SBIRS Stays The Course

One of the United States highest-priority space programsthe Space Based Infrared System (SBIRS)recently hit another milestone toward completion.

THE CORE STRUCTURE OF THE US Navy's fourth SBIRS geosynchronous satellite (GEO-4) has been delivered to Lockheed Martin. A team of engineers and technicians at the company's Mississippi Space & Technology Center (Stennis, MS) will now integrate the spacecraft's propulsion subsystem.

Featuring a mix of GEO satellites (see photo), four highly elliptical orbiting (HEO) payloads, and associated ground hardware and software, SBIRS is intended to bolster the nation's missilewarning capabilities. In addition, it will contribute to missile defense, technical intelligence, and battlespace awareness. The GEO-4 structure, which is identical to its three predecessor spacecraft, is made from lightweight, high-strength composite materials. It is designed to withstand the accelerations and vibrations generated during launch and support the spacecraft throughout onorbit operations.

Once the Lockheed Martin team has finished integrating the propulsion subsystem with the core structure, the module will be shipped to the company's facility in Sunnyvale, CA for final assembly, integration, and test. (That core is essential for maneuvering the satellite during transfer orbit to its final location, as well as for conducting on-orbit repositioning maneuvers throughout its mission life.) SBIRS GEO-4 is scheduled to be available for launch in 2015.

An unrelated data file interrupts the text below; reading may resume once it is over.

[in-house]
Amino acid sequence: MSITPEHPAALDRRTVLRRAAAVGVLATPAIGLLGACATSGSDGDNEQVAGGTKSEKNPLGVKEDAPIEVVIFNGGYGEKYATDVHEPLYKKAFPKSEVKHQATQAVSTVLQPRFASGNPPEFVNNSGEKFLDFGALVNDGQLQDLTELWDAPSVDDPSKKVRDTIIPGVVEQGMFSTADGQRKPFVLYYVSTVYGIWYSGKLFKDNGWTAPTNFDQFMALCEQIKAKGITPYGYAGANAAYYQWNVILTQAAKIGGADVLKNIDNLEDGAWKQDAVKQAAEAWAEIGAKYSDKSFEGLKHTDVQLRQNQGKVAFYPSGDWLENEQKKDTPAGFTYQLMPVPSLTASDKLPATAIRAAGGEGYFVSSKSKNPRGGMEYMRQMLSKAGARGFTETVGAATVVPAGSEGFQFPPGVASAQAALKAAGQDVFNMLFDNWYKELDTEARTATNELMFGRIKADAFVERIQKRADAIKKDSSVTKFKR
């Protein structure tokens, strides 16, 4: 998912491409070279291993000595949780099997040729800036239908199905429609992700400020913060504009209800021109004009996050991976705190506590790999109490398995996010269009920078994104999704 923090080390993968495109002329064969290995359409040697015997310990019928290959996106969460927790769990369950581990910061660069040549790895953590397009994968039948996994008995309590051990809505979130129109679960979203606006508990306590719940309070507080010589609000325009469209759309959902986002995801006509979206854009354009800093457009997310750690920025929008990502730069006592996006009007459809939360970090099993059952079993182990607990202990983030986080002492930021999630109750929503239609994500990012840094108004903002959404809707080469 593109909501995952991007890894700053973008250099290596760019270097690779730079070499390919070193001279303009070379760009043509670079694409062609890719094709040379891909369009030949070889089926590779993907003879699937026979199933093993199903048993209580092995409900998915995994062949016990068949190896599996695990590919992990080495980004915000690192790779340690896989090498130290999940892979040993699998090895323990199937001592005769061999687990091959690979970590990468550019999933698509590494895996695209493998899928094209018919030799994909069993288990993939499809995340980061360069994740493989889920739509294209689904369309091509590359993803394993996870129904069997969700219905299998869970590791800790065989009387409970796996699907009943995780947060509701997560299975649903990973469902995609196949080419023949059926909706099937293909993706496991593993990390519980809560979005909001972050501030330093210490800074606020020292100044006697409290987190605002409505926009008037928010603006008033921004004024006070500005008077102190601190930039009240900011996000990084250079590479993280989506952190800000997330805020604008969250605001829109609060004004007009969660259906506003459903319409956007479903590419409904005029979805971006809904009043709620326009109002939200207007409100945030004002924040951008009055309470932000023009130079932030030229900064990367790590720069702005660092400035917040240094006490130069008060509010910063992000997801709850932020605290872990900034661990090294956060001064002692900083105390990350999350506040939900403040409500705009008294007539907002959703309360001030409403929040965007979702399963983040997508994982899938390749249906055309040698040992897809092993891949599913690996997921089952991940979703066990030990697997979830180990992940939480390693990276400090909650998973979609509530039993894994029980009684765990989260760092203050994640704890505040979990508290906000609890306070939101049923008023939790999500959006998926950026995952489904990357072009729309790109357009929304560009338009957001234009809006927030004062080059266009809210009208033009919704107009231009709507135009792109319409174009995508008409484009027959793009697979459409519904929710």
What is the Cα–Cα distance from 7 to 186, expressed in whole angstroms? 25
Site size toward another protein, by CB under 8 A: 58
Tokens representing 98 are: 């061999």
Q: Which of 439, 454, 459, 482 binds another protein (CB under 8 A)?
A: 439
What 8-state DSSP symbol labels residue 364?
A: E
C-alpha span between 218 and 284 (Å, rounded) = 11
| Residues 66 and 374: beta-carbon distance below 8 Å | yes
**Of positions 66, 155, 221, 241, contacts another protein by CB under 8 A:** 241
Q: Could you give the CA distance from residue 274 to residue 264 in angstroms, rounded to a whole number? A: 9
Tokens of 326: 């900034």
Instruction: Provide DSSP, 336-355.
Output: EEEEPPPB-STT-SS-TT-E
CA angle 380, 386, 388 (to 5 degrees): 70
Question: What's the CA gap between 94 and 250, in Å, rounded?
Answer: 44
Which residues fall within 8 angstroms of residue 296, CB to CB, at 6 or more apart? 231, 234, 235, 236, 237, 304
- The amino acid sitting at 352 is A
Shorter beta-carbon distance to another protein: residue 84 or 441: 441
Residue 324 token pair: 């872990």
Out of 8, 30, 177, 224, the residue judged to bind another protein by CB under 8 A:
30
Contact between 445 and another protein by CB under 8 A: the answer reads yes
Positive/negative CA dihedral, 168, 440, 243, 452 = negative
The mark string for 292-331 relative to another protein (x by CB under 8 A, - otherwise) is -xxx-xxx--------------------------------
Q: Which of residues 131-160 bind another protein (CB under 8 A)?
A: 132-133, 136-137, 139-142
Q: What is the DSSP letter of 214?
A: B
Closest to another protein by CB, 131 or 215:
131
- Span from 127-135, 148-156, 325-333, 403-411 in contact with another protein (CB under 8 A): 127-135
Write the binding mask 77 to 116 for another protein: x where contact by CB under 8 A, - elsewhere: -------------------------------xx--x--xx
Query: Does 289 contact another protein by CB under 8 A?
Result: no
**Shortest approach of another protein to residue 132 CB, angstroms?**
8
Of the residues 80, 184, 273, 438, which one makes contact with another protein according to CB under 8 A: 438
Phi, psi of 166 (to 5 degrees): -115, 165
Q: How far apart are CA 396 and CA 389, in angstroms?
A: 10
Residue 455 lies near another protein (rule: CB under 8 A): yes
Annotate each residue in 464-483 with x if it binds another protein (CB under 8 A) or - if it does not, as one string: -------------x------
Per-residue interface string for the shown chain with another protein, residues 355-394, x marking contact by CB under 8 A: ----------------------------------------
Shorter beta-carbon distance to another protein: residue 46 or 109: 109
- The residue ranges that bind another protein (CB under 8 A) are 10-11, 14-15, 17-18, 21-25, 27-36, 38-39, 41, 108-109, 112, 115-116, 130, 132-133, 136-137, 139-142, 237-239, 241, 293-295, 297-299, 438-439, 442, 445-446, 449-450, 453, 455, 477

Lockheed Martin's SBIRS contracts include four HEO payloads; four GEO satellites; and ground assets to receive, process, and disseminate the infrared mission data. It is anticipated that funding for long-lead parts procurement for the fifth and sixth GEO satellites will be received by the end of the year. Under the Air Force's Overhead Persistent Infrared (OPIR) Space Modernization Initiative (SMI), Lockheed Martin also will develop technologies to improve capability and affordability for future SBIRS spacecraft.

The SBIRS team is led by the Infrared Space Systems Directorate at the US Air Force Space and Missile Systems Center (Los Angeles Air Force Base, CA). Lockheed Martin is the SBIRS prime contractor, while Northrop Grumman is the payload integrator. Air Force Space Command (Peterson Air Force Base, CO) operates the SBIRS system.

TAGS: Defense News
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